Take the 2-minute tour ×
Stack Overflow is a question and answer site for professional and enthusiast programmers. It's 100% free, no registration required.

I am hoping that someone maybe able to help me. I need to create a regex that will remove all duplicates from a input file - I am creating a ftp.exe script to upload files and do not want duplicates in the execute command.

Here is a short example of the script: There might be up to 20 or more of the same duplicates in the file...

I have created ( brackets around the different parts ) and thought that it maybe used to group

    (mkdir /breeds
    cd /breeds
    mput C:\Inetpub\wwwroot\site.co.za/admin/buckets\application\sites\site_-_org/breeds/*.*
    )
(mkdir /breeds
    cd /breeds
    mput C:\Inetpub\wwwroot\site.co.za/admin/buckets\application\sites\site_-_org/breeds/*.*
    )
(cd /
    mput C:\Inetpub\wwwroot\site.co.za/admin/buckets\application\sites\site_-_org/*.*
    )
(cd /
    mput C:\Inetpub\wwwroot\site.co.za/admin/buckets\application\sites\site_-_org/*.*
    )

How can I write a javascript regex.match to stip out the duplicate values.

share|improve this question
    
Ok I have done it and it seems to work I am writing everything between the ( brackets ) to the mysql db - and then just import it again with a group by statement which filters out all the duplicates... not the most elegant and fastest way but it seems to work –  Gerald Ferreira Sep 10 '10 at 13:59

2 Answers 2

up vote 1 down vote accepted

One way to do it would be to combine each "group" into one line (e.g. separate the commands with semicolons), then use unix | sort | uniq to remove duplicate lines, then split the lines back up again.

share|improve this answer
    
OP wants to do this in Javascript and it doesn't look like he's using unix anyways ("ftp.exe") –  Daniel Vandersluis Aug 27 '10 at 19:42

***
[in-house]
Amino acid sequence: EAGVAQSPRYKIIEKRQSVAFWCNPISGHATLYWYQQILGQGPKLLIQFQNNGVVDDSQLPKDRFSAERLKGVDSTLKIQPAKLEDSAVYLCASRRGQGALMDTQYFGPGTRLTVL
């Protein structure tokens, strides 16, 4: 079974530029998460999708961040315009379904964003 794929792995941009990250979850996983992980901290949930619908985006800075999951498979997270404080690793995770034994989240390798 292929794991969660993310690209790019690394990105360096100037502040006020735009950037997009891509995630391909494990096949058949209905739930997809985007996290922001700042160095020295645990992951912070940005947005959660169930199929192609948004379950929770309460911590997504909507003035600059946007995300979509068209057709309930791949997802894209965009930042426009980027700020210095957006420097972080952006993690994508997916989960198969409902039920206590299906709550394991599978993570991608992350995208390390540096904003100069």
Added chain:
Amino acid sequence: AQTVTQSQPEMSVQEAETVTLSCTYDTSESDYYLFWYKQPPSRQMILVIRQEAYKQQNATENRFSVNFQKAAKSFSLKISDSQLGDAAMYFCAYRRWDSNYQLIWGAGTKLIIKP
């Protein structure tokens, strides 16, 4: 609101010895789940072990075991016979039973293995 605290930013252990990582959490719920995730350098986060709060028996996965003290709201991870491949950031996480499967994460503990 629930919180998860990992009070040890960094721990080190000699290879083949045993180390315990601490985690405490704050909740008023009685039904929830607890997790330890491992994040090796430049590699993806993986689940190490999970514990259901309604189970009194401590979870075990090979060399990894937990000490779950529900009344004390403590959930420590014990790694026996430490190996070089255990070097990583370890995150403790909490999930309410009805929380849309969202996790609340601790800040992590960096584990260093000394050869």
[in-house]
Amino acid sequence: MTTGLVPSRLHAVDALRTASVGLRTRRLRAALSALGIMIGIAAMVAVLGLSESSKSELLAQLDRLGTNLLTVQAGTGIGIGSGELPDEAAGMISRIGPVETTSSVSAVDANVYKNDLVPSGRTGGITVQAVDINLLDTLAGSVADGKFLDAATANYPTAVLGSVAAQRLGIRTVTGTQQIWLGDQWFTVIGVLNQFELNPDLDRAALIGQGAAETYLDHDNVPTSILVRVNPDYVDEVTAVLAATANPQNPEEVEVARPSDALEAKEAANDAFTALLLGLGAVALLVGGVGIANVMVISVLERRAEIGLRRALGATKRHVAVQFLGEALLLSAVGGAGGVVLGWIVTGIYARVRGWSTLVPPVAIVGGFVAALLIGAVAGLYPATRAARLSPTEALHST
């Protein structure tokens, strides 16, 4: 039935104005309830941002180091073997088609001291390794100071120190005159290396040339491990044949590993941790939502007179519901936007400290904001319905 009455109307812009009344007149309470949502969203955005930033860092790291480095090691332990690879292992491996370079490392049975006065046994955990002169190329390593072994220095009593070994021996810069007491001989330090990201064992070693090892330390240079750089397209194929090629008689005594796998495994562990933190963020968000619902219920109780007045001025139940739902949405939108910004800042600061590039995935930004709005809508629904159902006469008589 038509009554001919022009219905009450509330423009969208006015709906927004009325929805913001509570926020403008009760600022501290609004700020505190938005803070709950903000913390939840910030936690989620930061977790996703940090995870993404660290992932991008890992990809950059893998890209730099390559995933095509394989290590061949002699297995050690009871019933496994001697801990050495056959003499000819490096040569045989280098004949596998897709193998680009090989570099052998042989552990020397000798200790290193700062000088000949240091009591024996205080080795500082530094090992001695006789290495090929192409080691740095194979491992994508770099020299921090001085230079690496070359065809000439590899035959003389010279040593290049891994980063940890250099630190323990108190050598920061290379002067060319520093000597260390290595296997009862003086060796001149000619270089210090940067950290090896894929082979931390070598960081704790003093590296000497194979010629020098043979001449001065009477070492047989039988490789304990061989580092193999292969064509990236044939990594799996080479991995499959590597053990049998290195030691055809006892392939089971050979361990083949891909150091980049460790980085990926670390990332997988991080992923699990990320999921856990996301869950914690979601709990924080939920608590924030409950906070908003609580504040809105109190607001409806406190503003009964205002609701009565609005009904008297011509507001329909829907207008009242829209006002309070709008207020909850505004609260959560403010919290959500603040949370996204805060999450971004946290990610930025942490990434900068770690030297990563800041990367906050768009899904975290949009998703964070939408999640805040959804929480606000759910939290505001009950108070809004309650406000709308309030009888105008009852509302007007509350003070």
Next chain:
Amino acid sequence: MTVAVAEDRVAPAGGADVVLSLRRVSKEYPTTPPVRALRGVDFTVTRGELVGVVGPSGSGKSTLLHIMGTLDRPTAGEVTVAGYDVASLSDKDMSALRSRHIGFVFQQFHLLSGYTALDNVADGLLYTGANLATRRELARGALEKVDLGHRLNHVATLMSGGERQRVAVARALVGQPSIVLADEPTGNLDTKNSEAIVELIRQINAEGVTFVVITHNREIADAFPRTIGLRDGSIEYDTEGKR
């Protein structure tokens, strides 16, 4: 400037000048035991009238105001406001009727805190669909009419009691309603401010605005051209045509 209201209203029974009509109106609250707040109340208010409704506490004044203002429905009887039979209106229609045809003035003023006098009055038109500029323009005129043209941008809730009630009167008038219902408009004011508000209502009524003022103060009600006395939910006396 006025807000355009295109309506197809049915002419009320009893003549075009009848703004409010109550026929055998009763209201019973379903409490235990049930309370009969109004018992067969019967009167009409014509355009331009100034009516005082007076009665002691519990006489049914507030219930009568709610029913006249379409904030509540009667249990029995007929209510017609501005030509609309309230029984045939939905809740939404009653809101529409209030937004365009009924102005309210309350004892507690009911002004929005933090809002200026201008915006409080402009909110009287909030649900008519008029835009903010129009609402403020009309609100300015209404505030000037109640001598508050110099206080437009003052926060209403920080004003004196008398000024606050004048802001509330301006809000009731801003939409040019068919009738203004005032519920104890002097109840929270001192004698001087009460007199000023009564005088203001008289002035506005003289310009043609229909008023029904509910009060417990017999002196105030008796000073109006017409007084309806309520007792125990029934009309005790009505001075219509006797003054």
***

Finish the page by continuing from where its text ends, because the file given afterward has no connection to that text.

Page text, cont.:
I was thinking to write it to mysql and then do a group by function - but thought that regex might be easier and faster... –  Gerald Ferreira Aug 27 '10 at 19:42
    
@Daniel good points. Guess I should read the question more closely. Still, there was not a js solution forthcoming, and sometimes it's helpful to have a solution using means you hadn't thought of. –  LarsH Aug 27 '10 at 20:46

While identifying duplicates in your text is pretty easy for a human, it is a rather hard task for regex (especially since the text seemingly can be anything and there is no fixed amount of lines that make up a group).

Consider:

mkdir /breeds
cd /breeds
mput C:\Inetpub\wwwroot\site.co.za/admin/buckets\application\sites\site_-_org/breeds/*.*

and

mkdir /breeds
cd /breeds
mput C:\Inetpub\wwwroot\site.co.za/admin/buckets\application\sites\site_-_org/*.*

Does this create a duplicate? Are the first two lines of each a duplicate or does the entire group need to match (but in that case, how is a group determined?).

You are not going to find a single regular expression that will do what you want to do here. You need to find a way to actually parse your input based on a series of rules that you supply.

For an example, you could split your input into an array lines and then doubly traverse that array looking for groups of equivalent lines (but even then you'd need to determine some rules, such as what the minimum number of lines to form a group is).

share|improve this answer
    
nice break up of the question Daniel... as I mentioned below it might then be easier to write it temporary to mysql and then doing a GROUP BY and then deleting the temp file? I am using asp –  Gerald Ferreira Aug 27 '10 at 19:43
    
GROUP BY what, though? –  Daniel Vandersluis Aug 27 '10 at 20:07
    
Ok I have done it and it seems to work I am writing everything between the ( brackets ) to the mysql db - and then just import it again with a group by statement which filters out all the duplicates... not the most elegant and fastest way but it seems to work –  Gerald Ferreira Aug 27 '10 at 20:21

Your Answer

 
discard

By posting your answer, you agree to the privacy policy and terms of service.

Not the answer you're looking for? Browse other questions tagged or ask your own question.